Carlos Reygadas disappoints with his follow-up to the brilliant two-fer Japón and Battle in Heaven. Trading his confrontational perversity for stilted spiritual mannerism, Reygadas basically remixes Dreyer’s Ordet with this tale of a Mennonite family whose patriarch, Johan (Cornelio Wall), is engaged in an affair with a neighbor, Marianne (Maria Pankratz).
Despite the religious affront, Johan has more-or-less reconciled himself to long-term l’amour fou, and has also told several family members about the affair, including his wife Esther (Miriam Toews), who puts on a bravely game face even as she approaches, unawares, an unfortunately literal point of heartbreak.
Save for Silent Light’s bookend sequences (as in Battle in Heaven, a superbly orchestrated visual/aural rhyme), Reygadas works mainly in the implicative margins (we often seem to come into scenes after the dramatic incidents have occurred). As suggested by Johan’s halting of a pendulum, and later affirmed by an autumn leaf that mysteriously falls inside Johan and Marianne’s motel room, Silent Light may very well take place across several moments out of time—even the seasonal backdrop alternates to suit the particular crisis of the moment. At worst, Reygadas films his subjects with the indifference Bruno Dumont showed to landscape and character alike in Flandres. Yet his stalwart spiritual humanism is never completely subsumed: seeing Silent Light’s widescreen compositions writ large, I was amazed by Reygadas and cinematographer Alexis Zabe’s tendency to make a character’s eye (as opposed to the tip of their nose) the sharpest point of focus. This speaks to a profound philosophical intuition that, despite the preponderance of reflective surfaces and myriad windows(-to-the-soul), is only flimsily supported by the film containing it.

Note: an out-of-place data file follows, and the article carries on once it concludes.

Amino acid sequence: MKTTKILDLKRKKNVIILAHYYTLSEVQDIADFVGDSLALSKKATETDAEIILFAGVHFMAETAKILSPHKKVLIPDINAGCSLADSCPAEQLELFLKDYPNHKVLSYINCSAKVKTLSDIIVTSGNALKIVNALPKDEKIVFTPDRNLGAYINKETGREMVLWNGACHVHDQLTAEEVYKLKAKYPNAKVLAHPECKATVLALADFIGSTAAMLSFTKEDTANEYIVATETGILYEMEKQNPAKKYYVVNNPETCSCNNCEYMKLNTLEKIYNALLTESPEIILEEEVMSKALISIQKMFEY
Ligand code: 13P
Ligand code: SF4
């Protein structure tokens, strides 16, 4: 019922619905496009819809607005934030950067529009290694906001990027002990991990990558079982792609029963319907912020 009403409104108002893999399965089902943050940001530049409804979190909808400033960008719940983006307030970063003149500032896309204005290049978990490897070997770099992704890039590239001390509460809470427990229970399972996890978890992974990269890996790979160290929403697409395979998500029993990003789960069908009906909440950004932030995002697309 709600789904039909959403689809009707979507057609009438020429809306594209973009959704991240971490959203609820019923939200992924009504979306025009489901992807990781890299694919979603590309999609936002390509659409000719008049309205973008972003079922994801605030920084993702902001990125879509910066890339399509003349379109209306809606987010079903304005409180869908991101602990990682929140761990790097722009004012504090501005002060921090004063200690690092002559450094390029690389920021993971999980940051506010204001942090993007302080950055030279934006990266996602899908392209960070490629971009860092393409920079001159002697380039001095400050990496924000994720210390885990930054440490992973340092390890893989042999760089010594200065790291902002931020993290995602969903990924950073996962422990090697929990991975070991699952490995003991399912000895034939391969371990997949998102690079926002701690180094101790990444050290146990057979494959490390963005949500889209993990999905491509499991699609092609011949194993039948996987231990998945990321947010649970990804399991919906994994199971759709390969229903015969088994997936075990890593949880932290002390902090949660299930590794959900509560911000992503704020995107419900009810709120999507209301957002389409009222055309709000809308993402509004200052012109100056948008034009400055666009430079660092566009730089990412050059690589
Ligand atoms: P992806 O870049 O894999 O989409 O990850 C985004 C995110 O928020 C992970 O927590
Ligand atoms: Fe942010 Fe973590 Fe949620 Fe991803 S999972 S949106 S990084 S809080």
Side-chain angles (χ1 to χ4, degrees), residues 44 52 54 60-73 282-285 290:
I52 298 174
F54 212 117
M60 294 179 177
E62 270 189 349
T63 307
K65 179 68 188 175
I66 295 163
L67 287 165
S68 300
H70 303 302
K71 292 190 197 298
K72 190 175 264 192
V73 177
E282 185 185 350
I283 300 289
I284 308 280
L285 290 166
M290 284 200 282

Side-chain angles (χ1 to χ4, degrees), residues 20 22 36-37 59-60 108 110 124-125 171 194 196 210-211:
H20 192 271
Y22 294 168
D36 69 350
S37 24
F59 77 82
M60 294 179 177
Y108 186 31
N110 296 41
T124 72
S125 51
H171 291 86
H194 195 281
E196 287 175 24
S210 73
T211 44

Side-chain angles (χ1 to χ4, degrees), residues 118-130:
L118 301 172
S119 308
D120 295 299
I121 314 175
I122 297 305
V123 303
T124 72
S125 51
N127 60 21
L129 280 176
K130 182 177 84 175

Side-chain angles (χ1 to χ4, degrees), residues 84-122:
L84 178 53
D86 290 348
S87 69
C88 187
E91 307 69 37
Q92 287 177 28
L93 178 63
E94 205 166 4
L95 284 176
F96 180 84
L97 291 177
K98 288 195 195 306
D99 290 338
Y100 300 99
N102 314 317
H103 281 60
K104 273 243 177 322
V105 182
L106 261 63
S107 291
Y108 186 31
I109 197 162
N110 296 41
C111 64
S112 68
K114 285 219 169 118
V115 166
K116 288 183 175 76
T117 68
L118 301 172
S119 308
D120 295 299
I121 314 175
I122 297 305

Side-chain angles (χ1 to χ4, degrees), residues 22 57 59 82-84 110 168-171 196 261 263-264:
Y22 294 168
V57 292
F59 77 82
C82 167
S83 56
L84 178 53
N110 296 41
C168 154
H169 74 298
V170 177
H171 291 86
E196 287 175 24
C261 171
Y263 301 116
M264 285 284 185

Keith Uhlich is co-editor of The House Next Door and a contributor to various print and online publications.